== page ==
“My dad has been going home and away since I was a baby. City is the priority in the Davies family, so no matter who I was playing, unless it was a big game, my dad was at City.

“He has obviously followed me, but City has been his life so I would never expect him to ditch that. He has watched City since he was young, and he’s still not stopped to this day.”

Having announced his retirement in January, Davies now has more time to watch City than he has done in the last 17 years, during which he turned out for Fleetwood, Morecambe, Accrington Stanley and Tranmere Rovers.

He hangs up his gloves with a plethora of happy memories, winning promotion on five occasions, including in three play-off finals at Wembley and, whilst a dream cup meeting with his beloved City never materialised, he has certainly felt the influence of the Club he grew up supporting.

Davies is certain Pep Guardiola’s arrival at the Etihad Stadium has had a tangible impact right down the English football pyramid, and, with managers replicating elements of the Catalan’s philosophy, he even experienced the requirements of his position changing.

“Managers are demanding you to play out from the back and to be comfortable with the ball at your feet,” he added.

“At the early stages of my career, I just didn’t do that. We were brought up to put the ball down and drill it as far as you can. If you got a back pass you took a touch and were playing the ball long unless there was an obvious short pass.

“In the six years Guardiola has been here, there is a difference in the way teams in League One and Two try to play. 100%.

“That’s stemmed from Pep and also from when Spain where winning trophies, but that was from Pep’s mould at Barcelona.

“I think in England we have tried to copy that a little bit, but his influence can be seen at all levels, without doubt.

“My little boy is in the academy at Fleetwood and the way they coach is all geared towards Spain and what Guardiola has done at Barcelona, Bayern Munich and City.”

With double gameweeks aplenty and the ever-increasing risk of squad rotation, being ahead of the curve could make all the difference in the final furlongs of Fantasy Premier League.

As City and other sides continue their pursuit of silverware on multiple fronts, the Scout has provided five key tips to help you get those all-important selection dilemmas right, and hopefully finish the FPL season with a flourish.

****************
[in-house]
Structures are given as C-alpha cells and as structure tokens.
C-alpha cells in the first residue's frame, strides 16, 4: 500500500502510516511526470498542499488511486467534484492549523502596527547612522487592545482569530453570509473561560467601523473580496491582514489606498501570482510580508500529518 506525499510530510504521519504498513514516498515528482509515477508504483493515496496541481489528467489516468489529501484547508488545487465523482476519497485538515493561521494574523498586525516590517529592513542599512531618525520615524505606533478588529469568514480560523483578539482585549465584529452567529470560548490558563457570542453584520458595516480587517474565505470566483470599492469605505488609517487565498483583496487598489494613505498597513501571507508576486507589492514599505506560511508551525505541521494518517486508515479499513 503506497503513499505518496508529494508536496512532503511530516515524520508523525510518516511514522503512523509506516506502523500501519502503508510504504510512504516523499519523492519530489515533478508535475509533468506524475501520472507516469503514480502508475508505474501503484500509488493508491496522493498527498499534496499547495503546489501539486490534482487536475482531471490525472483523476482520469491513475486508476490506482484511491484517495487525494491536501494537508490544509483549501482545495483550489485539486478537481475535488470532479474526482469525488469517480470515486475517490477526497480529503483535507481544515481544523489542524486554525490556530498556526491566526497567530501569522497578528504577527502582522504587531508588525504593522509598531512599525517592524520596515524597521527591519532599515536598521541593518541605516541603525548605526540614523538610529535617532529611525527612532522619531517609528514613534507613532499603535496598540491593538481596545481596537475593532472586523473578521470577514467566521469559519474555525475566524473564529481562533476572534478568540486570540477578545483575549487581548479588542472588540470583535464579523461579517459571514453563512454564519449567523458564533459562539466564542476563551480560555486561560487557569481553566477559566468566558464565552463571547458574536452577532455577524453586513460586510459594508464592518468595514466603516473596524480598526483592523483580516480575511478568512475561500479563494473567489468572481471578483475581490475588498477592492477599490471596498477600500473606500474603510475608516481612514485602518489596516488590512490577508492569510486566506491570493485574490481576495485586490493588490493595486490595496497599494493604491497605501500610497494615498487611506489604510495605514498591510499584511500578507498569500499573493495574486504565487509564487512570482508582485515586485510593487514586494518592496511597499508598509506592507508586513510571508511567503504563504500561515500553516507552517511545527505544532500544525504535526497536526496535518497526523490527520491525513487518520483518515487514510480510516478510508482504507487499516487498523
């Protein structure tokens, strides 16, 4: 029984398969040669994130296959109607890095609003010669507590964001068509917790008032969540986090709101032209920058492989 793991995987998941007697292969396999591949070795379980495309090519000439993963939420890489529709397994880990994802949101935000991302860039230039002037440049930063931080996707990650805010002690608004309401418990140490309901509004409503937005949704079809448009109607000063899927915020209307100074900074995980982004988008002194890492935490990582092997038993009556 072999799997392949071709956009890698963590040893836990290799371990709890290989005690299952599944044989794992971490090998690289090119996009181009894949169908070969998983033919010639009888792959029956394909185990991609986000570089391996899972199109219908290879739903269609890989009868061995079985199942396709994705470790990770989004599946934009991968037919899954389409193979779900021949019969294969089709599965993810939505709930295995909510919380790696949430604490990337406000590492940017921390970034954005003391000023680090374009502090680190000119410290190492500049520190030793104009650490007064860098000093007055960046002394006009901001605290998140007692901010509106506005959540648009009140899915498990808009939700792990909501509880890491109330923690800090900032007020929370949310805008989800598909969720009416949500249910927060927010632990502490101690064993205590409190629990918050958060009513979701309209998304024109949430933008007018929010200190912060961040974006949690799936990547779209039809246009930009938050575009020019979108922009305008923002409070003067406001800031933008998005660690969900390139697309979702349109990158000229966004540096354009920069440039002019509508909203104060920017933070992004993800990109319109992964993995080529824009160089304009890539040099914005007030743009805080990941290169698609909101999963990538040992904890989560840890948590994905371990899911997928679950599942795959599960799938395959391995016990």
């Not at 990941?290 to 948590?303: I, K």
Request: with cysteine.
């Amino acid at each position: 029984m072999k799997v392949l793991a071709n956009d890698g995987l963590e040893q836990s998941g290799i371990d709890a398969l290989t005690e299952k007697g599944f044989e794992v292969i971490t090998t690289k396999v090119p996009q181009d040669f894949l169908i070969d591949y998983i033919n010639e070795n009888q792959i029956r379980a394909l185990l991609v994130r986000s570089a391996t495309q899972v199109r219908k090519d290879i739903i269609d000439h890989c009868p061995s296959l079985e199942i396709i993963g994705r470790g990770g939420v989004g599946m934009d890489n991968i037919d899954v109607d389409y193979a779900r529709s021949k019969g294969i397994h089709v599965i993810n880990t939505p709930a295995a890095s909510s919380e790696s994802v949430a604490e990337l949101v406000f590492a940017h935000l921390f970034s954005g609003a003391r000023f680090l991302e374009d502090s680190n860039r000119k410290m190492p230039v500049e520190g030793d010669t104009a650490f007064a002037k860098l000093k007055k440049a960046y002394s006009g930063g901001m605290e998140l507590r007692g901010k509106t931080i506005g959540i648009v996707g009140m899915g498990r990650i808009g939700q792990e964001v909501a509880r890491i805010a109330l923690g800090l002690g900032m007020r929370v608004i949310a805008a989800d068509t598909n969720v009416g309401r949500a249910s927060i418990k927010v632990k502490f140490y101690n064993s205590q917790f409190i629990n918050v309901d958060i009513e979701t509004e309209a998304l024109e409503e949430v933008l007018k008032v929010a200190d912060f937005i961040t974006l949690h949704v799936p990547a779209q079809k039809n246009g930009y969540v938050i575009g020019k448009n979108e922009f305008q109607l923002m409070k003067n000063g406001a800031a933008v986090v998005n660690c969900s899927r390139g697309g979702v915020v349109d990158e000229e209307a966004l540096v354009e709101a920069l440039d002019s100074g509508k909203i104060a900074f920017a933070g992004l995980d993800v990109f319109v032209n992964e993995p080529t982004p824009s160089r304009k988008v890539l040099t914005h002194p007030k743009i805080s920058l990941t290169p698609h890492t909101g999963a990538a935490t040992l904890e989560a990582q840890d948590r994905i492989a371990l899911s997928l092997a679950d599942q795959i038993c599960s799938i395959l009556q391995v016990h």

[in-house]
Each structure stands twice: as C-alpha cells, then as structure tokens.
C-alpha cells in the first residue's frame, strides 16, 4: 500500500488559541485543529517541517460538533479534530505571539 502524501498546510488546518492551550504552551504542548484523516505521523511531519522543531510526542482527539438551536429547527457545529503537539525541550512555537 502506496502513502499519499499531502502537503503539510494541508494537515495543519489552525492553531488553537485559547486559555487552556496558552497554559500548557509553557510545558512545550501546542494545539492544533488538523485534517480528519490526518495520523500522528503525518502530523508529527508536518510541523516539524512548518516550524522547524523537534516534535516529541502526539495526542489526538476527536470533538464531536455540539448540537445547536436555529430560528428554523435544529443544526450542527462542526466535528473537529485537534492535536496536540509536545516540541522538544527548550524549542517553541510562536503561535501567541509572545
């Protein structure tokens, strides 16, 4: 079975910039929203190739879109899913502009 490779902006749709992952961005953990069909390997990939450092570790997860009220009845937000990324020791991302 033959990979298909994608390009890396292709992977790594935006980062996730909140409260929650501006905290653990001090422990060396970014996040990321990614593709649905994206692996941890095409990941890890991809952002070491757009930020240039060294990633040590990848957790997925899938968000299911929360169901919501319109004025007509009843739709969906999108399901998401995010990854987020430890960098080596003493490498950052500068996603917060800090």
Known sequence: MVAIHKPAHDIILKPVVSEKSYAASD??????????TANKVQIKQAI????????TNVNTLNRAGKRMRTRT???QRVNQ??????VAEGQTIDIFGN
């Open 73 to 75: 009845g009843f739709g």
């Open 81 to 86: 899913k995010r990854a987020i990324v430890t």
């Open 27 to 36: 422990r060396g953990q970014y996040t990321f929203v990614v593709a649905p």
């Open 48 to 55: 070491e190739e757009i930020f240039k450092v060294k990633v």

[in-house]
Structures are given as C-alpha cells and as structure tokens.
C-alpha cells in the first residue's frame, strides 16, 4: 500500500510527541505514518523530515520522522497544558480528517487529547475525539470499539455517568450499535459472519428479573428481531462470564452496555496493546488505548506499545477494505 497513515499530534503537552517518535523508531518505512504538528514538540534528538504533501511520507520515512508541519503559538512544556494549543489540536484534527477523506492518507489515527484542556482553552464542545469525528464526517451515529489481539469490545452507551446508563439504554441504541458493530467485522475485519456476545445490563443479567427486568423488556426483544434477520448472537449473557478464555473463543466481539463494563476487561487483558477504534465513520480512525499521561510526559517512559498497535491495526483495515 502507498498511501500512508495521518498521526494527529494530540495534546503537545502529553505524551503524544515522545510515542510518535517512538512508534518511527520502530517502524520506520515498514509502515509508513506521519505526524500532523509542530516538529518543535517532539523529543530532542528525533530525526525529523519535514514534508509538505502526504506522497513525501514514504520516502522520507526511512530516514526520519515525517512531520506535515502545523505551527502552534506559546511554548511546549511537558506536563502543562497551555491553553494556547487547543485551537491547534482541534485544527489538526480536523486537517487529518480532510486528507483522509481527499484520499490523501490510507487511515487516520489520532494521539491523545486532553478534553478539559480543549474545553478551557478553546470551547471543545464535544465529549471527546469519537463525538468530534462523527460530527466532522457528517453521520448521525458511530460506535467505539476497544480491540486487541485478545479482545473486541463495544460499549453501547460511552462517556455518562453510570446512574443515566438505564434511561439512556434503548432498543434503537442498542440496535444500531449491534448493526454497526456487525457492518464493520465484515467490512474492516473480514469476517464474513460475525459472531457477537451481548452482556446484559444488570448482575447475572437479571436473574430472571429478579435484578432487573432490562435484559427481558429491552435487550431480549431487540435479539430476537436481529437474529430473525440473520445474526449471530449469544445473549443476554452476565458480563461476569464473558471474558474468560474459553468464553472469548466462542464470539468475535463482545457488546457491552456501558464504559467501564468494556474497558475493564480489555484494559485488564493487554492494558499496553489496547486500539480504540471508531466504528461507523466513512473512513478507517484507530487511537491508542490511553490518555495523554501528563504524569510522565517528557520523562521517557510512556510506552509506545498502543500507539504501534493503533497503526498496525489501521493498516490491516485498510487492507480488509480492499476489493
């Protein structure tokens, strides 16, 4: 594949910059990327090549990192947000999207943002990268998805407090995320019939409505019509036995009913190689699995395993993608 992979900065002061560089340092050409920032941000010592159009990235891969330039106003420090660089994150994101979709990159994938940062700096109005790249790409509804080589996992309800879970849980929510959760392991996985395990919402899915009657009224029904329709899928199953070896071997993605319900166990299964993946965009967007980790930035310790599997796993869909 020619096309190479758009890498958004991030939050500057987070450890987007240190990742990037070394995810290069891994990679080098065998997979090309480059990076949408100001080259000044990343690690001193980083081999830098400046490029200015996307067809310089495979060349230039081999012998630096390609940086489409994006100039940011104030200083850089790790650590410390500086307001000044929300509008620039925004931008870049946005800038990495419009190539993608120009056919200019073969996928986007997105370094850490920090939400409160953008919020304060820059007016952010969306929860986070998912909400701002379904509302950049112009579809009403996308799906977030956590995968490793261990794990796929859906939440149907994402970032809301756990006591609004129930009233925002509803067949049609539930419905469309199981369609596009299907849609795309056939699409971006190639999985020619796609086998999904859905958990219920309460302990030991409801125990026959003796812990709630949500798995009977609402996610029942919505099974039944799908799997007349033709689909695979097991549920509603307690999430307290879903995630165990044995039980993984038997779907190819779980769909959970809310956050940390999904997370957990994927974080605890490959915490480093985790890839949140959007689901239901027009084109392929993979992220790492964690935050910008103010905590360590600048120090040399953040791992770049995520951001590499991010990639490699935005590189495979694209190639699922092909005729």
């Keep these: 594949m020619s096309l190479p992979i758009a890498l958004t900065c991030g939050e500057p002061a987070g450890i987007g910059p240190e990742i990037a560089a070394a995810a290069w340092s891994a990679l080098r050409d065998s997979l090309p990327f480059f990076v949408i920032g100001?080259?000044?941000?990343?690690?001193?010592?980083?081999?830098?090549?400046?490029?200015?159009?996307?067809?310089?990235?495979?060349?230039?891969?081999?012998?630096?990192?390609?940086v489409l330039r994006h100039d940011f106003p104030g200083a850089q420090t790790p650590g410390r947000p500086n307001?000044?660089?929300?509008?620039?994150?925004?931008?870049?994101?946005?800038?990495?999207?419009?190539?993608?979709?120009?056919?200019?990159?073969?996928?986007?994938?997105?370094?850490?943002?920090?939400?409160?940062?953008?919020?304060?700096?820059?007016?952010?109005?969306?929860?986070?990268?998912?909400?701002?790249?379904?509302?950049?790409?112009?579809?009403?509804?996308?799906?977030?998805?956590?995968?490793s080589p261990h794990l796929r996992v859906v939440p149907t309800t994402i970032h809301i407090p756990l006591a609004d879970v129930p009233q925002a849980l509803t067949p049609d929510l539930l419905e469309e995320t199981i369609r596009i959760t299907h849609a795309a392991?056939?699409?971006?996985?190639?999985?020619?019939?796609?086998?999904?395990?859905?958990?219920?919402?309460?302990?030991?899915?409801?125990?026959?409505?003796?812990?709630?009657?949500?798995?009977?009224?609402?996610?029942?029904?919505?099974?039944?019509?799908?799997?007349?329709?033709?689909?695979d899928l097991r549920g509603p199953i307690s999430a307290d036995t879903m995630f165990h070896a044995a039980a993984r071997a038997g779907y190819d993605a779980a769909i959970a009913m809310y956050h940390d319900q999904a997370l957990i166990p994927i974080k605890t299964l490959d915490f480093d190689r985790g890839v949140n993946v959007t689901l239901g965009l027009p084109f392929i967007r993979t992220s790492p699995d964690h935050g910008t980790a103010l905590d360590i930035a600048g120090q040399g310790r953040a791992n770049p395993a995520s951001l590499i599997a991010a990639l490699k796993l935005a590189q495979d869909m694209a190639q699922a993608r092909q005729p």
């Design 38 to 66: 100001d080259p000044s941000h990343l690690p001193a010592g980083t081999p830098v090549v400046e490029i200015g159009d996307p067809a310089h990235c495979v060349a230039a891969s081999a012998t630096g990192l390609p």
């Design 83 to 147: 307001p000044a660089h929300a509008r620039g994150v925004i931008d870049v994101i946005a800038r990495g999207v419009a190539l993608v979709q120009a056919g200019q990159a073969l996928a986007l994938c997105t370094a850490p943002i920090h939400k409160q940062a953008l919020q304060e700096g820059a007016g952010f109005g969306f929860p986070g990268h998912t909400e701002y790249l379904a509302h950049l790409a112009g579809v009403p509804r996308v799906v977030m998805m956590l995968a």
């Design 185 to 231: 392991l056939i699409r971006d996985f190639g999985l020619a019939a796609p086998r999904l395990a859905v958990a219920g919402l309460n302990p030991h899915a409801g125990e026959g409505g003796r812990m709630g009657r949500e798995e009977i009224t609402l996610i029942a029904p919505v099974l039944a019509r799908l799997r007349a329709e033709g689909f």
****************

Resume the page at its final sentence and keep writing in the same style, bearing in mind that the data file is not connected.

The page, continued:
Pep Guardiola’s side boast strong options at both ends of the pitch as the title race with Liverpool heats up.

In defence, Joao Cancelo’s (£7.0m) multiple routes to returns have taken him into third in the overall player standings on 153 points.

Aymeric Laporte (£5.8m), meanwhile, has recorded 26 shots in the box, more than any other defender this season.

In attack, Kevin De Bruyne (£11.8m) and Riyad Mahrez (£8.7m) have both hit top form recently.

The Belgian has produced 10+ points in three of his last six matches, while Mahrez has recorded all five of his double-figure scores this season in his last seven starts.

By remaining patient with their chips until more Double Gameweeks are confirmed, managers can maximise their chances of profiting from the schedule.

There are currently 13 Premier League matches still to be rearranged, while further postponements will be caused by the upcoming FA Cup quarter-final ties.

Teams such as City, Liverpool and Tottenham Hotspur are among those with outstanding fixtures.

The potential of big-hitters such as De Bruyne, Mohamed Salah (£13.2m) and Harry Kane (£12.3m) is clearly far greater when they have two matches in a single round of fixtures.  

Whether it is the race for the title, the chase for European football or the battle to avoid relegation, managers should focus on those sides who will have plenty at stake in the run-in.

Historically, mid-table sides who have little to play for tend to lose form in the final Gameweeks and could also be more prone to rotation.

Target key players from those sides who have every incentive to succeed.

Mini-league leaders are more likely to adopt a risk-free strategy in the final Gameweeks in order to protect their advantage.

Those who are looking to chase down their rivals at the top of the table should therefore seek out low-owned gems who are capable of huge hauls in FPL.  

Mahrez and Liverpool’s Sadio Mane (£11.7m) are fine examples, both owned by under 5%.

Managers should assess both the quality and quantity of each sides’ remaining matches when planning ahead.

The Fixture Difficulty Ratings (FDR), a tool used in FPL for identifying the strength of a club’s upcoming schedule, highlights Leicester City’s very favourable run of opponents.

Eight of their final 13 matches score just two in the FDR, more than any other side.

This indicates their form players such as James Maddison (£6.7m) and Harvey Barnes (£6.7m) can enjoy a successful end to 2021/22.

Indeed, Leicester, along with Everton, have 13 fixtures still to play, more than any other side.

Toffees’ winger Anthony Gordon could also offer excellent value at a cost of just £4.5m.

As City and Liverpool go head-to-head on three fronts in the final couple of months of the season, we’ve created a Best XI made up players who represented the Blues and the Merseyside Reds over the years…

Scott Carson
Our evergreen veteran gets the nod for the combined XI with his leadership qualities ensuring there is no communication issues at the back.

James Milner
The versatile Milner will have to slot in at full-back for this team.

Mark Seagraves
Central defender Seagraves started out at Liverpool before spending three years with City between 1987 and 1990.